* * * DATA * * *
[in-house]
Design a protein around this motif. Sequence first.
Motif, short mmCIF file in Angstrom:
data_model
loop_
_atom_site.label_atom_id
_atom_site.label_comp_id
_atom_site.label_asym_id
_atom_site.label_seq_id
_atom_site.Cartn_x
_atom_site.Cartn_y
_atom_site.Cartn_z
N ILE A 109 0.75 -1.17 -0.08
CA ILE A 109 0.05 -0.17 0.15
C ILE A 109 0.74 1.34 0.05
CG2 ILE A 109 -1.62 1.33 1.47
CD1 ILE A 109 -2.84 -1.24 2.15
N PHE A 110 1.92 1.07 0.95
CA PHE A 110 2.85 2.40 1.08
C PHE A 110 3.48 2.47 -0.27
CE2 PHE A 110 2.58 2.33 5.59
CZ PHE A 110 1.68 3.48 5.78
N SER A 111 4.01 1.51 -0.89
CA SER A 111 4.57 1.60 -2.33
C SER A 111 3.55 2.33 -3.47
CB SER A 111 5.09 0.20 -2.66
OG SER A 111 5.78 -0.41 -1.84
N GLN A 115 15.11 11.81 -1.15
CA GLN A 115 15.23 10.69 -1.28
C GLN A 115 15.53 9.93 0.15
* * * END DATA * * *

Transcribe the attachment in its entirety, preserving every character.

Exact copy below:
[in-house]
Design a protein around this motif. Sequence first.
Motif, short mmCIF file in Angstrom:
data_model
loop_
_atom_site.label_atom_id
_atom_site.label_comp_id
_atom_site.label_asym_id
_atom_site.label_seq_id
_atom_site.Cartn_x
_atom_site.Cartn_y
_atom_site.Cartn_z
N ILE A 109 0.75 -1.17 -0.08
CA ILE A 109 0.05 -0.17 0.15
C ILE A 109 0.74 1.34 0.05
CG2 ILE A 109 -1.62 1.33 1.47
CD1 ILE A 109 -2.84 -1.24 2.15
N PHE A 110 1.92 1.07 0.95
CA PHE A 110 2.85 2.40 1.08
C PHE A 110 3.48 2.47 -0.27
CE2 PHE A 110 2.58 2.33 5.59
CZ PHE A 110 1.68 3.48 5.78
N SER A 111 4.01 1.51 -0.89
CA SER A 111 4.57 1.60 -2.33
C SER A 111 3.55 2.33 -3.47
CB SER A 111 5.09 0.20 -2.66
OG SER A 111 5.78 -0.41 -1.84
N GLN A 115 15.11 11.81 -1.15
CA GLN A 115 15.23 10.69 -1.28
C GLN A 115 15.53 9.93 0.15